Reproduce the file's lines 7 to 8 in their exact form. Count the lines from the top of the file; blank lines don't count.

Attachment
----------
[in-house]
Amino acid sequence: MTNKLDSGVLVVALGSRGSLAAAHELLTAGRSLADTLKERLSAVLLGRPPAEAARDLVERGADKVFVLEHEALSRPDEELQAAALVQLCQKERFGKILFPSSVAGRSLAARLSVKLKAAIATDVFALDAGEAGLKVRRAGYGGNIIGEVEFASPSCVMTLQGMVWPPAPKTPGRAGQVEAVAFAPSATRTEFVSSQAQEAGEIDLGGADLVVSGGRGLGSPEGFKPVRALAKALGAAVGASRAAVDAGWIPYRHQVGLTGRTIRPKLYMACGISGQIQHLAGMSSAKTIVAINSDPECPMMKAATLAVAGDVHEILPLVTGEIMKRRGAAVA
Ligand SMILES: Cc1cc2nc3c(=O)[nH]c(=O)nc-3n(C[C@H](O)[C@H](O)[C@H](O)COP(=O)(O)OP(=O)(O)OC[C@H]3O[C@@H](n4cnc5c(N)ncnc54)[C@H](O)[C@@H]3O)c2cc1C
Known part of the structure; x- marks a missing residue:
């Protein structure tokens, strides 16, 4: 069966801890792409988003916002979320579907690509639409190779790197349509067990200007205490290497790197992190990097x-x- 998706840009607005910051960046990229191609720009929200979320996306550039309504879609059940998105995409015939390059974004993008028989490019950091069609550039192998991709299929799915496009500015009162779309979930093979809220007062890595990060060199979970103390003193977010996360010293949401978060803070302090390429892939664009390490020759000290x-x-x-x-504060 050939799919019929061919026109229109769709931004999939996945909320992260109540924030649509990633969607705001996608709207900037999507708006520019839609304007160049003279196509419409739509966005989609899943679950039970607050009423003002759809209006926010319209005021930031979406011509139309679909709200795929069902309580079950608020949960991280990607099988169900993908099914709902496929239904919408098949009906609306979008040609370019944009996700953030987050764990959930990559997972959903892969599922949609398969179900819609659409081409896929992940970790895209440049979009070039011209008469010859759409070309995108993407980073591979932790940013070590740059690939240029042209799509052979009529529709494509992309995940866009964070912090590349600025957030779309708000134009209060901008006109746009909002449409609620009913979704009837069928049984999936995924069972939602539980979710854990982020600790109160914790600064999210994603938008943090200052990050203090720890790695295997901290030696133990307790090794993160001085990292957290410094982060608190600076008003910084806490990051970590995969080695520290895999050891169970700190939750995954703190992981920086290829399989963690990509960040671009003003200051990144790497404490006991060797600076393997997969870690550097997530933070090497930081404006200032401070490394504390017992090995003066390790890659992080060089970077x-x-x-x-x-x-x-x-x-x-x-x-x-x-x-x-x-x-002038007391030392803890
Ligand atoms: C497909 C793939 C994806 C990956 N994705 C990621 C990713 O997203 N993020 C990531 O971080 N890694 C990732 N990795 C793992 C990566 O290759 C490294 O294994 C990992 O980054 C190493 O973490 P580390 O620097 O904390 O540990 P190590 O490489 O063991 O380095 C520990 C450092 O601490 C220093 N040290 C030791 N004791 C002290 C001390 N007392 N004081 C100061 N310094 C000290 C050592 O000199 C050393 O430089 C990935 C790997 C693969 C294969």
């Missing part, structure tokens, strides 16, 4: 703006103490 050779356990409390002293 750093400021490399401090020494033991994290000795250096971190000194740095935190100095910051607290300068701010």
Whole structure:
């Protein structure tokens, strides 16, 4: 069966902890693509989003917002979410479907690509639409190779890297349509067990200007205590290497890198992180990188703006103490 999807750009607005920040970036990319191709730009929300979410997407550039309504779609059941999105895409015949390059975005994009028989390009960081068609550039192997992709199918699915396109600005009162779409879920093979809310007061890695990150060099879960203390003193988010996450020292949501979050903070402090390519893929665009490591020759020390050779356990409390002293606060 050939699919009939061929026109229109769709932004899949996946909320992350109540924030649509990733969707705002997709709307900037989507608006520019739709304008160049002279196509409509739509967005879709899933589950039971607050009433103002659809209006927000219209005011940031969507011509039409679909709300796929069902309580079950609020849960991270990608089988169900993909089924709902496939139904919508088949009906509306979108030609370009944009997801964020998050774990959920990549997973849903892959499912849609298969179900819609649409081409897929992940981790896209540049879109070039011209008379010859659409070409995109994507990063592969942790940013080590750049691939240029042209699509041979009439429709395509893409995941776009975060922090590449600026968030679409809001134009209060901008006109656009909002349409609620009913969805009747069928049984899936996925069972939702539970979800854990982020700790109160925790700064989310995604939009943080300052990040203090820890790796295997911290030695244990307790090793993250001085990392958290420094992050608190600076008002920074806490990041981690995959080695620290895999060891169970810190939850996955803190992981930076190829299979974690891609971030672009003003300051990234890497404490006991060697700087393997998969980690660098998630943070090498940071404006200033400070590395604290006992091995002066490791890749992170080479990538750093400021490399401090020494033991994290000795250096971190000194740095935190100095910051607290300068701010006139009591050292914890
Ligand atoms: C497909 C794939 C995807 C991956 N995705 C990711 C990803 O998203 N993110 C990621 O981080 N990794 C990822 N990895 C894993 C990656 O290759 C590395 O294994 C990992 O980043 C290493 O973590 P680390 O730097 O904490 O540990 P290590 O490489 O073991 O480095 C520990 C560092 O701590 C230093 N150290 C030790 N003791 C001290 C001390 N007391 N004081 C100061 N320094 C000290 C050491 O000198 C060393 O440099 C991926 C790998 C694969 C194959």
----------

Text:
């Missing part, structure tokens, strides 16, 4: 703006103490 050779356990409390002293 750093400021490399401090020494033991994290000795250096971190000194740095935190100095910051607290300068701010």
Whole structure: